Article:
In Wikipedia, it states a bobcat can be from 12 inches to 24 inches at the shoulder and 18 inches to 49 inches long from the head to the base of the tail; an adult male can weigh from 14 to 40 lbs.
According to the National Agricultural Statistic Services, bobcats killed 11,100 sheep in 2004, comprising 4.9 percent of all sheep predator deaths.
The Michigan Department of Natural Resources has performed a predator study by putting radio collars on bears, wolves, coyotes and bobcats. Of 85 bear clusters (areas where the animal spent an extended amount of time), they found one dead fawn. Searches of 57 bobcat clusters turned up seven dead fawns and three adult deer. They redoubled their efforts the following year and searched 121 bobcat clusters, and found 17 dead fawns (14 percent of 121 clusters) and one adult deer. A Minnesota study had the same results.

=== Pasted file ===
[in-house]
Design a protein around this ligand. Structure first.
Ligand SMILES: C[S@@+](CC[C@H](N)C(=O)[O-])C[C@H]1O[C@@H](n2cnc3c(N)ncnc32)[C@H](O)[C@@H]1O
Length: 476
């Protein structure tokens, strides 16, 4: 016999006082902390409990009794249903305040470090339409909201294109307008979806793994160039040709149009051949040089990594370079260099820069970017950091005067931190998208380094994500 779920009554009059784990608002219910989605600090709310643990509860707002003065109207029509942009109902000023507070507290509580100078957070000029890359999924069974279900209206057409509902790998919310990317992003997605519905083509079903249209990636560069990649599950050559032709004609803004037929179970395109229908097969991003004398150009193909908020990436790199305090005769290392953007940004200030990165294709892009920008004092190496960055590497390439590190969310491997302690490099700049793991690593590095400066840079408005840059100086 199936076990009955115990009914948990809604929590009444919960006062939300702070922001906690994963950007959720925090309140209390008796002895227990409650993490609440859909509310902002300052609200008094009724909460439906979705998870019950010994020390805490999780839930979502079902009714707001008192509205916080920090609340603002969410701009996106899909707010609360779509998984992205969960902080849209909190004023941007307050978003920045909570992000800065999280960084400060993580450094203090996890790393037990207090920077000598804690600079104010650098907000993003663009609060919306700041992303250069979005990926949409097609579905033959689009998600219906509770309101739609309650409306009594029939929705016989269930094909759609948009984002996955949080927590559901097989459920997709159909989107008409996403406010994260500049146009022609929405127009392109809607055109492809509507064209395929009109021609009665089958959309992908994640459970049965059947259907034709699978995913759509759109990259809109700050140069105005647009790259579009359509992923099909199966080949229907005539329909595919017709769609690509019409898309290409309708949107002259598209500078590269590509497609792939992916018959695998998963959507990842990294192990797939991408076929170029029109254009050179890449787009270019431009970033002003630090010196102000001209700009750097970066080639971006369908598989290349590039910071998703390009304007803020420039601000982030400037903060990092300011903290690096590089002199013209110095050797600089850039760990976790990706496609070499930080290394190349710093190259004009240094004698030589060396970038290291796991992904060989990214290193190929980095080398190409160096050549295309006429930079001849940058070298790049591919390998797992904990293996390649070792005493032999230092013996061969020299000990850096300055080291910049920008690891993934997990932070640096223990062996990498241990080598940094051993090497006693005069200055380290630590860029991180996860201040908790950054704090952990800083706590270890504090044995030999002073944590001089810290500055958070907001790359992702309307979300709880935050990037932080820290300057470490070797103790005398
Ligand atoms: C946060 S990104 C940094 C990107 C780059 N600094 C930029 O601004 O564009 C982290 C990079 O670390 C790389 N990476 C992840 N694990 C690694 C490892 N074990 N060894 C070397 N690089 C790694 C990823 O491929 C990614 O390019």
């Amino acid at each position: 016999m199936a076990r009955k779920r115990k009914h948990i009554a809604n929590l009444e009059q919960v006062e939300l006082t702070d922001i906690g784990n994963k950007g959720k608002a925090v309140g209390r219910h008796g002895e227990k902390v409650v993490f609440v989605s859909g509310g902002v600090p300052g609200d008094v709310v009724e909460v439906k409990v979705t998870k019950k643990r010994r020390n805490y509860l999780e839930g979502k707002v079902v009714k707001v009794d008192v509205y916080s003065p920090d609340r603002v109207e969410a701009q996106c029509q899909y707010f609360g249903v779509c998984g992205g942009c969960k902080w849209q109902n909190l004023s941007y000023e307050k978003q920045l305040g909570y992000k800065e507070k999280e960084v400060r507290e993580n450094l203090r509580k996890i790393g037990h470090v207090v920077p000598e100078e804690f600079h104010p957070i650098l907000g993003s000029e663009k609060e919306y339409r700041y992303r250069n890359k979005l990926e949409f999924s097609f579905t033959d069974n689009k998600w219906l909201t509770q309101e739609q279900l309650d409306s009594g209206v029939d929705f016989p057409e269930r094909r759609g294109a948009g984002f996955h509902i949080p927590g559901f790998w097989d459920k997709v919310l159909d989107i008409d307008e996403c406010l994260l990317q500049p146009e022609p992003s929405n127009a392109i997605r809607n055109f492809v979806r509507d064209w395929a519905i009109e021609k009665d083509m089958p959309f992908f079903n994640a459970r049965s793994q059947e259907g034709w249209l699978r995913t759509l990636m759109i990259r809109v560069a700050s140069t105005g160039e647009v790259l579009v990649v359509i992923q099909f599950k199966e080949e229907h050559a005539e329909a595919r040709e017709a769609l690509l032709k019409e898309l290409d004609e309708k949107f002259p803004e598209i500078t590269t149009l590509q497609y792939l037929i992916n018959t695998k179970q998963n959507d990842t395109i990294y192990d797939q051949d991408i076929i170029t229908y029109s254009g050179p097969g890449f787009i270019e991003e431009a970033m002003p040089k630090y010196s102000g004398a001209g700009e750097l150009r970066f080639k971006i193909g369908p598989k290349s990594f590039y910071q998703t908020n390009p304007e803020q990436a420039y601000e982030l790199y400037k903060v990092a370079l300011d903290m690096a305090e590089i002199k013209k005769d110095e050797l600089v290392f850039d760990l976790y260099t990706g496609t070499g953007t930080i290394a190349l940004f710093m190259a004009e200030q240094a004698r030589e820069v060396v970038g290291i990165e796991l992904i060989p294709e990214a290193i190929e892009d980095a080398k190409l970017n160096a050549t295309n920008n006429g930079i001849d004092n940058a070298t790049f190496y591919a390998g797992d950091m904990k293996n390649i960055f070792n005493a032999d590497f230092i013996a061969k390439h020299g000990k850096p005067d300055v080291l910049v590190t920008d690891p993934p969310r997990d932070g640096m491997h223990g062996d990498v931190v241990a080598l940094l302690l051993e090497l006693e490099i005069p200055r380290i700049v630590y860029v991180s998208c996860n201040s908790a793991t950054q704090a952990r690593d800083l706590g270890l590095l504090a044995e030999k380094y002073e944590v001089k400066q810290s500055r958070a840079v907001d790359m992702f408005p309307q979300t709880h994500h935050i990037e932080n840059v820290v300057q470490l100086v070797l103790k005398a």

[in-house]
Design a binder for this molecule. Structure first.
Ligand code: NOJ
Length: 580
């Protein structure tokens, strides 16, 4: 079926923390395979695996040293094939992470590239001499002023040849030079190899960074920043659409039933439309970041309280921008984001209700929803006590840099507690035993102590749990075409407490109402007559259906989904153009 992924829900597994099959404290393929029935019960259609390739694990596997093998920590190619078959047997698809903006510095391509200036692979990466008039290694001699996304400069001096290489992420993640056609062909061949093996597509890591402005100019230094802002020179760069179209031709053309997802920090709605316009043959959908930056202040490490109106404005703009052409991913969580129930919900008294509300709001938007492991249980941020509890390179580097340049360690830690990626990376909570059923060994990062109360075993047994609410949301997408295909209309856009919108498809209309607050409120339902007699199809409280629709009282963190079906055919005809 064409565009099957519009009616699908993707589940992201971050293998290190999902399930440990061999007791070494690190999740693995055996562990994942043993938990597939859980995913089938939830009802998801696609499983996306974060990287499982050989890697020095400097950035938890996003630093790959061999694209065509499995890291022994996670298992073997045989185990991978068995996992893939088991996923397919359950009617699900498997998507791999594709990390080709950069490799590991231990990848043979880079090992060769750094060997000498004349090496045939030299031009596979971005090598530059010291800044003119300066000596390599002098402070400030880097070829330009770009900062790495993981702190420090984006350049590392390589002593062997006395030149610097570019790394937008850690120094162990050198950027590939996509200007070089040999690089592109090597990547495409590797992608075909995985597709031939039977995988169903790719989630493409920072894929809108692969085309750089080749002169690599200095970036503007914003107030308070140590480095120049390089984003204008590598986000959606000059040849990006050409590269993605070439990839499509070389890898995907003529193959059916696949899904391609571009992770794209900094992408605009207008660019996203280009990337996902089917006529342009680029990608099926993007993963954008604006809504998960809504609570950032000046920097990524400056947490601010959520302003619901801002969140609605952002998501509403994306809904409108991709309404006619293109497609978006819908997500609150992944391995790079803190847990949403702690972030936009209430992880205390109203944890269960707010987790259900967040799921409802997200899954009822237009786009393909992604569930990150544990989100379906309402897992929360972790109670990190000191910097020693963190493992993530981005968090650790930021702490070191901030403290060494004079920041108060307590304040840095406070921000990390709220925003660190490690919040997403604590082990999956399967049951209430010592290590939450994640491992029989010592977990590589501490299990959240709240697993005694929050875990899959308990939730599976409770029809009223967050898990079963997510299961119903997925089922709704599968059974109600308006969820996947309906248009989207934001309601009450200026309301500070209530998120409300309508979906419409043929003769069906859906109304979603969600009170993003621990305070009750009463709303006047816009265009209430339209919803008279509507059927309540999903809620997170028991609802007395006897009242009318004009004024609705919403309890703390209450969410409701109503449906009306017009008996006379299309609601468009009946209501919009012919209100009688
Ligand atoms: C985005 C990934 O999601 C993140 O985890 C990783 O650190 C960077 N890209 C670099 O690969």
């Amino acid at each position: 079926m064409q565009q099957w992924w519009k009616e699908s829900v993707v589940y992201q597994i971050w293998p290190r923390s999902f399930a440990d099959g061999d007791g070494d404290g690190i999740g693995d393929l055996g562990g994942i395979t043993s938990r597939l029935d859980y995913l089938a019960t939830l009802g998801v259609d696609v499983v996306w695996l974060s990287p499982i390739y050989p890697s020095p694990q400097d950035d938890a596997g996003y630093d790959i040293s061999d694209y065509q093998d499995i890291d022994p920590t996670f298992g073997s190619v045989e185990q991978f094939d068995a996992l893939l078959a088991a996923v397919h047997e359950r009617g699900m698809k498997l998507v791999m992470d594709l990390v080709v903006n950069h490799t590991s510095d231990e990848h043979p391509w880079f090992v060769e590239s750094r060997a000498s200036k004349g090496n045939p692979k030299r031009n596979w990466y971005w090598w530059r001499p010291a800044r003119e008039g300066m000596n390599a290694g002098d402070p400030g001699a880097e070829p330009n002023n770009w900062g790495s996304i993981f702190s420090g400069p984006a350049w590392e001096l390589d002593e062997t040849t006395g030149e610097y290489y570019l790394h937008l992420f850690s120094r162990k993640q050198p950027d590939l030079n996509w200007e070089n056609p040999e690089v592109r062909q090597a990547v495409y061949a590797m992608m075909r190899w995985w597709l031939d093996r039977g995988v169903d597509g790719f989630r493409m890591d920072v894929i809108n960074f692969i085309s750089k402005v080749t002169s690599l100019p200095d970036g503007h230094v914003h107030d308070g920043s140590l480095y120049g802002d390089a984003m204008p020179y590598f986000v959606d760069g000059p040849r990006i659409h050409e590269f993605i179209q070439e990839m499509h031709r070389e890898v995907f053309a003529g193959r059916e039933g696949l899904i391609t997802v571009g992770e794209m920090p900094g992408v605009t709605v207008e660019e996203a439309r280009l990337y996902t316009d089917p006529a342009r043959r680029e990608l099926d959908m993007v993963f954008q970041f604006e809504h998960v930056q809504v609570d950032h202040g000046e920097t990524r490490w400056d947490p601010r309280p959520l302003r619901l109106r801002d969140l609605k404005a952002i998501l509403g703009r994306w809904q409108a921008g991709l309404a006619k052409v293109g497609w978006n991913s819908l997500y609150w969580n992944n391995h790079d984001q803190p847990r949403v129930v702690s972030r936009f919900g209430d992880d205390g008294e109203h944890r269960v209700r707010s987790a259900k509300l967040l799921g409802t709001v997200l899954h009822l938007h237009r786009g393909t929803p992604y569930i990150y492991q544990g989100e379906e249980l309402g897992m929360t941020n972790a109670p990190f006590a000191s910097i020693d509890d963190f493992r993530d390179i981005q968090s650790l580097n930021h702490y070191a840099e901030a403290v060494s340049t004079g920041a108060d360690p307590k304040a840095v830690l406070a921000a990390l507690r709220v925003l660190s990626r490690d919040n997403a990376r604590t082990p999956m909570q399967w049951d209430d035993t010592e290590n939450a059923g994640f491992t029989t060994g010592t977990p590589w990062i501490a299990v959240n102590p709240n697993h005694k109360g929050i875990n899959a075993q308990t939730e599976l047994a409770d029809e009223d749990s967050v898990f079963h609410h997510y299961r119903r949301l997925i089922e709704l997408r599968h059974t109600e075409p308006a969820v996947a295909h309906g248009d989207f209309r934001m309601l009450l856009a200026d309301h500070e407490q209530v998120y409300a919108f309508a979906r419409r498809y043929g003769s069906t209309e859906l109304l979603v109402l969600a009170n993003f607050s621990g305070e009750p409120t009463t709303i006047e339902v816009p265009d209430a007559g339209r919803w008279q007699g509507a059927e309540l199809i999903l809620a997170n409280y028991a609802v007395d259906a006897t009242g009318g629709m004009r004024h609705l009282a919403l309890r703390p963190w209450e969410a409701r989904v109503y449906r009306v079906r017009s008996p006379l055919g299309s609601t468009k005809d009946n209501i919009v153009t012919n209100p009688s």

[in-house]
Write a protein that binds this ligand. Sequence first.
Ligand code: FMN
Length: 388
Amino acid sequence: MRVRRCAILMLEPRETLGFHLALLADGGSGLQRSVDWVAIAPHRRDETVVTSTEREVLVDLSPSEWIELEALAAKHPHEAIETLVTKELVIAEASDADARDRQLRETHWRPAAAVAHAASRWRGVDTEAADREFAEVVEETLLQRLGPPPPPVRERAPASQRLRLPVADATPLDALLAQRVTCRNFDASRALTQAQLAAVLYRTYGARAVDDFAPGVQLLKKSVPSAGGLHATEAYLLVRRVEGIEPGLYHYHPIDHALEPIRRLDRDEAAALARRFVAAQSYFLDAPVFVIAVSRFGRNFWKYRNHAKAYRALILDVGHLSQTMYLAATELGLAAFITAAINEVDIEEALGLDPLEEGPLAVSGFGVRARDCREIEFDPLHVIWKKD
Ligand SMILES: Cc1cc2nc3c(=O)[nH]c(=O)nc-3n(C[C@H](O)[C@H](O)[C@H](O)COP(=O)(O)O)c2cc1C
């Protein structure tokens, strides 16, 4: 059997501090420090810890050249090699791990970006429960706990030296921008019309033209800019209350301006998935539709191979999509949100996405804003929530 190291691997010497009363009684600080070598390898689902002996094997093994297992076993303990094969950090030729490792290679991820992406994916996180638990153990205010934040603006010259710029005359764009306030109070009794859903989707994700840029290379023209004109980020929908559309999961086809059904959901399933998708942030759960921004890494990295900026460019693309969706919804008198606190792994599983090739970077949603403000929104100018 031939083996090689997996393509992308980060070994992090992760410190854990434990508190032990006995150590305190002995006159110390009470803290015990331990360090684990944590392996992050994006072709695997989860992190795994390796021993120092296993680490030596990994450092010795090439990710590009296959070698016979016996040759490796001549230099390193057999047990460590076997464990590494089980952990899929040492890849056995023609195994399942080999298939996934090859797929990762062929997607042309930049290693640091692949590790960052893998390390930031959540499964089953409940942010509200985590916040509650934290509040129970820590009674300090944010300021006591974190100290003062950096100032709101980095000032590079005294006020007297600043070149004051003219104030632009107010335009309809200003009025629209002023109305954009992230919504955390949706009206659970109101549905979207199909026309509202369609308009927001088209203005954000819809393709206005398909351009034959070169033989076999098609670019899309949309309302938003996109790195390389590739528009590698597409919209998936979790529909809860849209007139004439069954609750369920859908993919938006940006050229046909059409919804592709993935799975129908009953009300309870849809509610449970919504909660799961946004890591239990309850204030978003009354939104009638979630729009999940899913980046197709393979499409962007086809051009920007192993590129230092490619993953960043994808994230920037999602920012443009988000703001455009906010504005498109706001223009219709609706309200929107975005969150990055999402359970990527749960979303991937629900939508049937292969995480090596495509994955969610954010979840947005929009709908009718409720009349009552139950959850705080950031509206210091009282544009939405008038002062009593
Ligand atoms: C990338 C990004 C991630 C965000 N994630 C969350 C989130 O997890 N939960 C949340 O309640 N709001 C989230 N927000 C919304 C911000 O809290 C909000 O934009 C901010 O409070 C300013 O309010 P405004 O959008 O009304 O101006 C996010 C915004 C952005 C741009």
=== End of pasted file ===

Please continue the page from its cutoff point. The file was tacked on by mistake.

In Wikipedia, it states that a bobcat is a very efficient predator and can kill prey up to eight times its own weight.
Illinois DNR estimates that there are 3,000 bobcats south of Interstate 64. At 14 percent, that comes to 421 fawns.
I agree wholeheartedly that extended hunting seasons in some Illinois counties were detrimental to the deer population and should be stopped.
I also believe strongly that a hunting or trapping season for bobcats in Illinois would be beneficial. Perhaps it would help our rabbit and quail population come back.
Herman "Bud" Jansen